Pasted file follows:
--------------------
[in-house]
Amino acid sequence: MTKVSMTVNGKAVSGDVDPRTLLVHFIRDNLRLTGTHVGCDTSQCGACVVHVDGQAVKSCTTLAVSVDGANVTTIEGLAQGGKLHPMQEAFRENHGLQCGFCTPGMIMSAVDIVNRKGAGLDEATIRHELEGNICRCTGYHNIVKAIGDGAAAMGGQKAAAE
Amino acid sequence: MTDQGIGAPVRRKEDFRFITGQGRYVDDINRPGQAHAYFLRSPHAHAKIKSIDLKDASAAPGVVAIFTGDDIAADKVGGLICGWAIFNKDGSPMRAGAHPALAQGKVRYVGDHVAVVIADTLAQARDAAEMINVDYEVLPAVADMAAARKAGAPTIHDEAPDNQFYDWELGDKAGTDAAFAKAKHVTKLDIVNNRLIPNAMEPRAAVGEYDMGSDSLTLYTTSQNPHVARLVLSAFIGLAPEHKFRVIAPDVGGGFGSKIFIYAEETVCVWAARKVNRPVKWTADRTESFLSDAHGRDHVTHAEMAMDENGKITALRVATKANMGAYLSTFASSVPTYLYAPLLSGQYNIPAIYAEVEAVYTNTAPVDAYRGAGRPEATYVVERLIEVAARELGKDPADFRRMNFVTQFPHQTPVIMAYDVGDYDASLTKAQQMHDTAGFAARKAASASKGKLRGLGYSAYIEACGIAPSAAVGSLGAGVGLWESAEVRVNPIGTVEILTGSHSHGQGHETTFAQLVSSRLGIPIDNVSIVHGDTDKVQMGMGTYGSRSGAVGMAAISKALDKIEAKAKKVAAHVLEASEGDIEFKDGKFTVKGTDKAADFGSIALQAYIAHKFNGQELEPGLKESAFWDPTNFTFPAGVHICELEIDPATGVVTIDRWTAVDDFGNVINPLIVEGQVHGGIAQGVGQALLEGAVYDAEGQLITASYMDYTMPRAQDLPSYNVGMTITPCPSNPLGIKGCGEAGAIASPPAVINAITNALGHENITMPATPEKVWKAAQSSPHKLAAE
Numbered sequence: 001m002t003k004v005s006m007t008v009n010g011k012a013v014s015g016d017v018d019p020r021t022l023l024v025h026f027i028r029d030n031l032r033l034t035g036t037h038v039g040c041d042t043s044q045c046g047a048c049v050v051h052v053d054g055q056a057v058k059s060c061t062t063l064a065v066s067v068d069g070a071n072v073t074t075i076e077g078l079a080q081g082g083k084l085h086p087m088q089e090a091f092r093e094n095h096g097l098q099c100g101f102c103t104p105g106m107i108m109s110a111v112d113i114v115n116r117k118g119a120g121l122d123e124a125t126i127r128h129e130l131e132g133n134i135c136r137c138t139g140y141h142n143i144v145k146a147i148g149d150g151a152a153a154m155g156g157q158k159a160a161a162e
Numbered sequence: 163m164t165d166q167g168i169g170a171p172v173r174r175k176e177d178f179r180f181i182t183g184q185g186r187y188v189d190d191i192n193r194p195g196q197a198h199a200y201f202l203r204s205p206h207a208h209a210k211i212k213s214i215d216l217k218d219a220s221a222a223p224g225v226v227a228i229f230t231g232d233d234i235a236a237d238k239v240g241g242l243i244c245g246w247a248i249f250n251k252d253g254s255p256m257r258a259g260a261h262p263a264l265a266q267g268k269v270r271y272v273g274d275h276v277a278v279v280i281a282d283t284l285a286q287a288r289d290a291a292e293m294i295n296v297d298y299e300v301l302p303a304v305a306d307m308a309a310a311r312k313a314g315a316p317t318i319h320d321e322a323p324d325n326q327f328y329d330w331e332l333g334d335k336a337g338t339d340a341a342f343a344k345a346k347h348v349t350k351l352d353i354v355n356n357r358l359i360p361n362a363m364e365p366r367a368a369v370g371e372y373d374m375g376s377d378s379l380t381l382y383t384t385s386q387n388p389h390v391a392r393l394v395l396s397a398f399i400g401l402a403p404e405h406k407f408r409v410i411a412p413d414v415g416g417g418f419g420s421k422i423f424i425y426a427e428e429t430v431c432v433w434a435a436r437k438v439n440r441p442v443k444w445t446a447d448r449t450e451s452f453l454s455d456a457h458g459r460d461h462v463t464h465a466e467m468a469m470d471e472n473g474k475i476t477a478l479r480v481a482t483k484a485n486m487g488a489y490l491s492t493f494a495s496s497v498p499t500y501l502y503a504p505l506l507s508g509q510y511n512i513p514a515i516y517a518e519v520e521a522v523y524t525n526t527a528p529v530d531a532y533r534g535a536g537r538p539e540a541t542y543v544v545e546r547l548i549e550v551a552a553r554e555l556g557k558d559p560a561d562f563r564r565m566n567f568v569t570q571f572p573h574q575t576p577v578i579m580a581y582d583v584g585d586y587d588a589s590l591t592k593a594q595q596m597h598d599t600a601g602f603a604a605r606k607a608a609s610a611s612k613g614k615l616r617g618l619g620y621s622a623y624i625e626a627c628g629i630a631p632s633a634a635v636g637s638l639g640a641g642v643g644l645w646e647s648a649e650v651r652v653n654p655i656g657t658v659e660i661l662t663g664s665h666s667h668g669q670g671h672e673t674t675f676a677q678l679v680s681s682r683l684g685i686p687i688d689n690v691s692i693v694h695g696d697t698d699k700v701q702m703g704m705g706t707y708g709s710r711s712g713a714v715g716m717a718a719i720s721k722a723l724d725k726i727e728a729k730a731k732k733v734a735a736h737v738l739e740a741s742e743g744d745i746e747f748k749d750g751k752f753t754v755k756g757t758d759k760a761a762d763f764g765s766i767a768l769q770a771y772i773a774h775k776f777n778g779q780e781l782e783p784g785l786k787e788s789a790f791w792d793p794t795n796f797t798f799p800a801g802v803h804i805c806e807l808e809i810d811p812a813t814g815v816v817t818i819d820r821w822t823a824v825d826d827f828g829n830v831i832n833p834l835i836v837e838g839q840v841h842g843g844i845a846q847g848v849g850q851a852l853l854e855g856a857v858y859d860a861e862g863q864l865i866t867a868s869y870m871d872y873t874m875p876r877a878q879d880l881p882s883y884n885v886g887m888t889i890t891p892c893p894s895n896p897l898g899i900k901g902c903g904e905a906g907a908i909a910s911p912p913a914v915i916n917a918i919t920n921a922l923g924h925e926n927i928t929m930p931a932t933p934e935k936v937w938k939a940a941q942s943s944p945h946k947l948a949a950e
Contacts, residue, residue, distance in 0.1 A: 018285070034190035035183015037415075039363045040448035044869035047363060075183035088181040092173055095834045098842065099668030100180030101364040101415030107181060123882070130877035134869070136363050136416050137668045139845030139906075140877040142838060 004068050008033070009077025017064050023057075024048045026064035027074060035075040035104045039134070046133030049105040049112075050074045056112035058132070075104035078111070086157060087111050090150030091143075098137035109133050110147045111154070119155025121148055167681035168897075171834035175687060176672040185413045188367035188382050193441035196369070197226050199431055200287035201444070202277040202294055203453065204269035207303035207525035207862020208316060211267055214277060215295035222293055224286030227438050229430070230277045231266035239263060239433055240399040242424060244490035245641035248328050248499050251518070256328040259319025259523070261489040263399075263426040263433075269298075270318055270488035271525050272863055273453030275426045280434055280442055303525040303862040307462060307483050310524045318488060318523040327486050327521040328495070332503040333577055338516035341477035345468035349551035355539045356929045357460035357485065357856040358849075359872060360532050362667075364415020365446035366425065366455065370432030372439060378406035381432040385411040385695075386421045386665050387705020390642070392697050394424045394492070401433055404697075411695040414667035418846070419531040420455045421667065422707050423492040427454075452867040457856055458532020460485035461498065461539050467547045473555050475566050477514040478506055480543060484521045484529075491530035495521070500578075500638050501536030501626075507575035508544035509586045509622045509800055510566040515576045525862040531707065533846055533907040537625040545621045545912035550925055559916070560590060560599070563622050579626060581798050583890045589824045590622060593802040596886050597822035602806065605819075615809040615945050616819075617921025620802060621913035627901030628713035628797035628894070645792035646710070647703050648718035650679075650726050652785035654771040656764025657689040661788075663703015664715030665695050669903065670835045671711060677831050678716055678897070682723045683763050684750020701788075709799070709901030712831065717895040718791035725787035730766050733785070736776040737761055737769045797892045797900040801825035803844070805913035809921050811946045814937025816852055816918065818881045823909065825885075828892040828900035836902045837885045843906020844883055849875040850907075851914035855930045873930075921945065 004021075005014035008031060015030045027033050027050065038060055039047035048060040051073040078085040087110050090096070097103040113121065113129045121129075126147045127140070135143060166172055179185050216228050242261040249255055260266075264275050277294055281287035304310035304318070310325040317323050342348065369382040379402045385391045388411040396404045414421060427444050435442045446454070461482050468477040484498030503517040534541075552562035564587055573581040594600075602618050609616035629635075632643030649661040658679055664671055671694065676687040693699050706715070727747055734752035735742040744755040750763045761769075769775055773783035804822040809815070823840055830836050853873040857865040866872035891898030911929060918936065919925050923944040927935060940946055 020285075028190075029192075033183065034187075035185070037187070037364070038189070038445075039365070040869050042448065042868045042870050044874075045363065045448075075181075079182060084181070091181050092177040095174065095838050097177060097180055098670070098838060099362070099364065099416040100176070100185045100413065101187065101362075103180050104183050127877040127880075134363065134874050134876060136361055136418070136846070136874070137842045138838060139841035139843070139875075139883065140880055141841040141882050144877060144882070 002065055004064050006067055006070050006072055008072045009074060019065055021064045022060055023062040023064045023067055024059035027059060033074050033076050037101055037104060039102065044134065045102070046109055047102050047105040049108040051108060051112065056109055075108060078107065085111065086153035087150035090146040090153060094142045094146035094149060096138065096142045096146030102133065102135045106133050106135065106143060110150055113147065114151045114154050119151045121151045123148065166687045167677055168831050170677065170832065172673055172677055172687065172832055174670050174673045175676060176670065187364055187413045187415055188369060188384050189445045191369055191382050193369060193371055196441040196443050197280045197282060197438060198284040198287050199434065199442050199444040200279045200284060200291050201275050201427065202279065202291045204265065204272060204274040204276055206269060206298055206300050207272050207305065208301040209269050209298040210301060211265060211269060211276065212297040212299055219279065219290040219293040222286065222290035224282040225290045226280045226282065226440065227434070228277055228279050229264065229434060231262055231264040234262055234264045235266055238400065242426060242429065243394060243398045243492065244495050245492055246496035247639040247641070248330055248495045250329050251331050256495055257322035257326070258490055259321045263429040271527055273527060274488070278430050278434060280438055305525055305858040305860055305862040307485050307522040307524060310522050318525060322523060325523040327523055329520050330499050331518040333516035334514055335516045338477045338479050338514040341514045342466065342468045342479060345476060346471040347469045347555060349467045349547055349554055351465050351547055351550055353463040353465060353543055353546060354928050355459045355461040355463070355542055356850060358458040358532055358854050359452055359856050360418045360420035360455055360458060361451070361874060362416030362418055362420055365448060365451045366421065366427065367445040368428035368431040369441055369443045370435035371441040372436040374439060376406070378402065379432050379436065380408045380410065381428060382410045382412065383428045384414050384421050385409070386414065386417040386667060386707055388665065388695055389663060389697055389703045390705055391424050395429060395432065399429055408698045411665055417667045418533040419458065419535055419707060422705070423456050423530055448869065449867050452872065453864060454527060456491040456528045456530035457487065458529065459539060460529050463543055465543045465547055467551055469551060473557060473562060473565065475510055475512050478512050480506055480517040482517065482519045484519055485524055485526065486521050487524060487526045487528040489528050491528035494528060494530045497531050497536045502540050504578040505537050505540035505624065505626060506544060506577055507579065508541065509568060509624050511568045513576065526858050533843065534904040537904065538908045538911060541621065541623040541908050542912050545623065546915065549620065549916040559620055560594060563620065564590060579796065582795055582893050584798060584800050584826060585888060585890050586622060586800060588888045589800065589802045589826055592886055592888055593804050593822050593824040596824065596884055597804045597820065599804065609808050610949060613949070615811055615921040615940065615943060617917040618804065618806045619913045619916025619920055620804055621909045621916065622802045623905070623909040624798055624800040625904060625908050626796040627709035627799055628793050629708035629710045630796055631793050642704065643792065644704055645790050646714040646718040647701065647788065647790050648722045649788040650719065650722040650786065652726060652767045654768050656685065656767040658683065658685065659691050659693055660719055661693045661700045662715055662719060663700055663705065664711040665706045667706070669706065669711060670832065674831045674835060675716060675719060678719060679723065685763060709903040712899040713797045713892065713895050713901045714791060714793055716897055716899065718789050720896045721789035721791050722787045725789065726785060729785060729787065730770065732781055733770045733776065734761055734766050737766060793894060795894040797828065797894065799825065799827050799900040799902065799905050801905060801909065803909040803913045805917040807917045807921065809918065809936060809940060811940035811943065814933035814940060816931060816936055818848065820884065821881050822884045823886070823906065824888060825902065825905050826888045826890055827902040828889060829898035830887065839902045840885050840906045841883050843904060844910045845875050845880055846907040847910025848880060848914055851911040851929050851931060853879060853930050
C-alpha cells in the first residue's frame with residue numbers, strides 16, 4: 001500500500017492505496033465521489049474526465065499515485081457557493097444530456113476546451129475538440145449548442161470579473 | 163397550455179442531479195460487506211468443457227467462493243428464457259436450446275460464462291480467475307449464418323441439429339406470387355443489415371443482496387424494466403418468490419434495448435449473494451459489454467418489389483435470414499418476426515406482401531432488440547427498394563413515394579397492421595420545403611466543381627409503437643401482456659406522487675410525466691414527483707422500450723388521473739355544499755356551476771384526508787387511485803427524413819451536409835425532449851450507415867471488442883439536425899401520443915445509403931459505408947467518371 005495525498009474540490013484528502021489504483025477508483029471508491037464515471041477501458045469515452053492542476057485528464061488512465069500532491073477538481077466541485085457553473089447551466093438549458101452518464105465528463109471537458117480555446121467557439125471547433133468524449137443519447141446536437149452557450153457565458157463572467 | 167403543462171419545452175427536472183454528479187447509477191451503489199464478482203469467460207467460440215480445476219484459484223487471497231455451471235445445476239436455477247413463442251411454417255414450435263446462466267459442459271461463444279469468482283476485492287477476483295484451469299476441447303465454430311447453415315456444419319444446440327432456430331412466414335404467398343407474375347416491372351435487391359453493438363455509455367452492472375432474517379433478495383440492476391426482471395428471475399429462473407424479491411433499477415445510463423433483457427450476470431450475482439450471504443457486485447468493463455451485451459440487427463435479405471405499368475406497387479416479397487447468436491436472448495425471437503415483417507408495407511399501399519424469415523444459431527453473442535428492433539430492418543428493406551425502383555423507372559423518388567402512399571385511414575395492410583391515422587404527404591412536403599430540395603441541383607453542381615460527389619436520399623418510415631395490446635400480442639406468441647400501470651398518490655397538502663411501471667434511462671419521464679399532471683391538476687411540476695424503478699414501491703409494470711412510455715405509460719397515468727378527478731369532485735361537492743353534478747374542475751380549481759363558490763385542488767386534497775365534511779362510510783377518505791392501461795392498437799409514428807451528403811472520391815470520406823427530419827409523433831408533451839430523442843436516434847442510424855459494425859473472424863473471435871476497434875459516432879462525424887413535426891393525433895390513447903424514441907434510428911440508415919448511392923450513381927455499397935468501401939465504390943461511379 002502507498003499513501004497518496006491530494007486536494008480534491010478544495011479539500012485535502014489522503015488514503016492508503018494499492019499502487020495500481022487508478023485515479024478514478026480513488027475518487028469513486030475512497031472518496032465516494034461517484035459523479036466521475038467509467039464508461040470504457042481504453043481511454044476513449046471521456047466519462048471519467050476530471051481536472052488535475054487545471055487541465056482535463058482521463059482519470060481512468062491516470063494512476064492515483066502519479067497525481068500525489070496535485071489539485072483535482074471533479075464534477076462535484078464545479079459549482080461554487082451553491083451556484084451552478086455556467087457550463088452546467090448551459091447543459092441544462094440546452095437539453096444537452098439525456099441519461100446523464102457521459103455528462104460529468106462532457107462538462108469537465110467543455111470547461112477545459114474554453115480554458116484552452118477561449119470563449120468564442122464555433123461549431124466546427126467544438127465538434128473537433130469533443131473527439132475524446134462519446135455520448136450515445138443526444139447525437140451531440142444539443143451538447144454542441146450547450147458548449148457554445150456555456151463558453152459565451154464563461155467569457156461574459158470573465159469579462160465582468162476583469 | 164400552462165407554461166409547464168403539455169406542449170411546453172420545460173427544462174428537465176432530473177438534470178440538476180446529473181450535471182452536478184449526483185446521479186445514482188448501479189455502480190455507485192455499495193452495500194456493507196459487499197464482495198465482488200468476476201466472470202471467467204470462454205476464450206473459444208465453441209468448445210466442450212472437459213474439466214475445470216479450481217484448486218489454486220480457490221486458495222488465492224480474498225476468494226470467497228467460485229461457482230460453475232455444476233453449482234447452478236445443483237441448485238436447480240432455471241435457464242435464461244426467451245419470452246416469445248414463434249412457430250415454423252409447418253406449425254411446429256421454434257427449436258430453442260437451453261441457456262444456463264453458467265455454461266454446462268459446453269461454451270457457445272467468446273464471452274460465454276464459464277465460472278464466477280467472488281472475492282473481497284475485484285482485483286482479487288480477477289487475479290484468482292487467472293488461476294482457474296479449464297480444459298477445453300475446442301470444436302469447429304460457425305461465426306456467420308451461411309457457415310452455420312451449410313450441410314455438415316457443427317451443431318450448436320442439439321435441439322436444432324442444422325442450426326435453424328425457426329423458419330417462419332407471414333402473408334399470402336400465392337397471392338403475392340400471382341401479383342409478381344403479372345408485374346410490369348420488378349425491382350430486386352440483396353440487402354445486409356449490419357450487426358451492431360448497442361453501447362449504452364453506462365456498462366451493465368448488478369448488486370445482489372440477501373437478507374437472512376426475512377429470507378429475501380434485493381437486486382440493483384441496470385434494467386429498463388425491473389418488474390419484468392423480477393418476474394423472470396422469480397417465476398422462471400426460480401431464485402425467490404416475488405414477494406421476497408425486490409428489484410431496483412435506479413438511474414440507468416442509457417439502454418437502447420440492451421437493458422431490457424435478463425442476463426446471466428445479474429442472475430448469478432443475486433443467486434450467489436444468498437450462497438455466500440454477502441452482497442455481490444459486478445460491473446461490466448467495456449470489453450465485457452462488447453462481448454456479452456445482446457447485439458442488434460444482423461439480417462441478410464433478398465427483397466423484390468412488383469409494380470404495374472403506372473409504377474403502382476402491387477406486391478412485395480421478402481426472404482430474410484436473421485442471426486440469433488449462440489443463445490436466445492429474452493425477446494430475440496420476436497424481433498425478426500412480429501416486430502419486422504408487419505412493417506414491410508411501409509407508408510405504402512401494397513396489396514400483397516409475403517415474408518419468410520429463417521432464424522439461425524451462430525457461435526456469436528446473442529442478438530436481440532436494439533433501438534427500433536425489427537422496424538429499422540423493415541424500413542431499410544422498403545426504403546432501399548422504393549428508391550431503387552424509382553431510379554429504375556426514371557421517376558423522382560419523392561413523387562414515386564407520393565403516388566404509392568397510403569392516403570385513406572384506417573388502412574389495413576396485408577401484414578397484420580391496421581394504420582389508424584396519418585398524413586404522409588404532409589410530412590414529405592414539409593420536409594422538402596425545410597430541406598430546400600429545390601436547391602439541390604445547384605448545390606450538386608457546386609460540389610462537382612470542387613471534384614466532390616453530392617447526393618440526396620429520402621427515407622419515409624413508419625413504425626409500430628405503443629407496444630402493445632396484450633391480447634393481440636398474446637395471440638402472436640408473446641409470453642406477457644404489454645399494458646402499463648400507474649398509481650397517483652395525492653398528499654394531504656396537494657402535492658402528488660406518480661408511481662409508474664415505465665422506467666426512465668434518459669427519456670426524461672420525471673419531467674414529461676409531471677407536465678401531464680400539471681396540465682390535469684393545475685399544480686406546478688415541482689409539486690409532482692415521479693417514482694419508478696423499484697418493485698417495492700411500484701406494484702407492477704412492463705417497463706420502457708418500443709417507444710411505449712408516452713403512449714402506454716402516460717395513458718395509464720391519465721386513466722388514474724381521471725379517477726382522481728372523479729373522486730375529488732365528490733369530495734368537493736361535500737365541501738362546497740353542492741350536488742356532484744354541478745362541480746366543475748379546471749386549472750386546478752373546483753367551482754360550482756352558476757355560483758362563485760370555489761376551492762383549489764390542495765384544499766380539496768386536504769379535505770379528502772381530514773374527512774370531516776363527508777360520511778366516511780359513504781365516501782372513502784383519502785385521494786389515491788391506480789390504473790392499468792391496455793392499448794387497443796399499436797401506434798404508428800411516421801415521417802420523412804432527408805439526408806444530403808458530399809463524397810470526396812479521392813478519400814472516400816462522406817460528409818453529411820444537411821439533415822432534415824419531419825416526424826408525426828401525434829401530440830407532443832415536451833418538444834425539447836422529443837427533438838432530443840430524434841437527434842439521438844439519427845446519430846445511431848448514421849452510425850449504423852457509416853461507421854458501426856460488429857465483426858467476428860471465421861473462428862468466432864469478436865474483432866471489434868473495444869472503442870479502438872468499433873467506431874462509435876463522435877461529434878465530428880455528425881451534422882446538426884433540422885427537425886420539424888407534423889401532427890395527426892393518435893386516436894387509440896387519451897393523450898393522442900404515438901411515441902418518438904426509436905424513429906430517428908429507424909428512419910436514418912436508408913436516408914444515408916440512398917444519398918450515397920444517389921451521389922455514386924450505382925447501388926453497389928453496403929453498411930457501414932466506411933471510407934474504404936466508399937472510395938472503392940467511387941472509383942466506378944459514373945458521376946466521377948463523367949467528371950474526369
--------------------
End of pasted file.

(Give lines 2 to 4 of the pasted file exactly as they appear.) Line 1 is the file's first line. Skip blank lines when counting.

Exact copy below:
Amino acid sequence: MTKVSMTVNGKAVSGDVDPRTLLVHFIRDNLRLTGTHVGCDTSQCGACVVHVDGQAVKSCTTLAVSVDGANVTTIEGLAQGGKLHPMQEAFRENHGLQCGFCTPGMIMSAVDIVNRKGAGLDEATIRHELEGNICRCTGYHNIVKAIGDGAAAMGGQKAAAE
Amino acid sequence: MTDQGIGAPVRRKEDFRFITGQGRYVDDINRPGQAHAYFLRSPHAHAKIKSIDLKDASAAPGVVAIFTGDDIAADKVGGLICGWAIFNKDGSPMRAGAHPALAQGKVRYVGDHVAVVIADTLAQARDAAEMINVDYEVLPAVADMAAARKAGAPTIHDEAPDNQFYDWELGDKAGTDAAFAKAKHVTKLDIVNNRLIPNAMEPRAAVGEYDMGSDSLTLYTTSQNPHVARLVLSAFIGLAPEHKFRVIAPDVGGGFGSKIFIYAEETVCVWAARKVNRPVKWTADRTESFLSDAHGRDHVTHAEMAMDENGKITALRVATKANMGAYLSTFASSVPTYLYAPLLSGQYNIPAIYAEVEAVYTNTAPVDAYRGAGRPEATYVVERLIEVAARELGKDPADFRRMNFVTQFPHQTPVIMAYDVGDYDASLTKAQQMHDTAGFAARKAASASKGKLRGLGYSAYIEACGIAPSAAVGSLGAGVGLWESAEVRVNPIGTVEILTGSHSHGQGHETTFAQLVSSRLGIPIDNVSIVHGDTDKVQMGMGTYGSRSGAVGMAAISKALDKIEAKAKKVAAHVLEASEGDIEFKDGKFTVKGTDKAADFGSIALQAYIAHKFNGQELEPGLKESAFWDPTNFTFPAGVHICELEIDPATGVVTIDRWTAVDDFGNVINPLIVEGQVHGGIAQGVGQALLEGAVYDAEGQLITASYMDYTMPRAQDLPSYNVGMTITPCPSNPLGIKGCGEAGAIASPPAVINAITNALGHENITMPATPEKVWKAAQSSPHKLAAE
Numbered sequence: 001m002t003k004v005s006m007t008v009n010g011k012a013v014s015g016d017v018d019p020r021t022l023l024v025h026f027i028r029d030n031l032r033l034t035g036t037h038v039g040c041d042t043s044q045c046g047a048c049v050v051h052v053d054g055q056a057v058k059s060c061t062t063l064a065v066s067v068d069g070a071n072v073t074t075i076e077g078l079a080q081g082g083k084l085h086p087m088q089e090a091f092r093e094n095h096g097l098q099c100g101f102c103t104p105g106m107i108m109s110a111v112d113i114v115n116r117k118g119a120g121l122d123e124a125t126i127r128h129e130l131e132g133n134i135c136r137c138t139g140y141h142n143i144v145k146a147i148g149d150g151a152a153a154m155g156g157q158k159a160a161a162e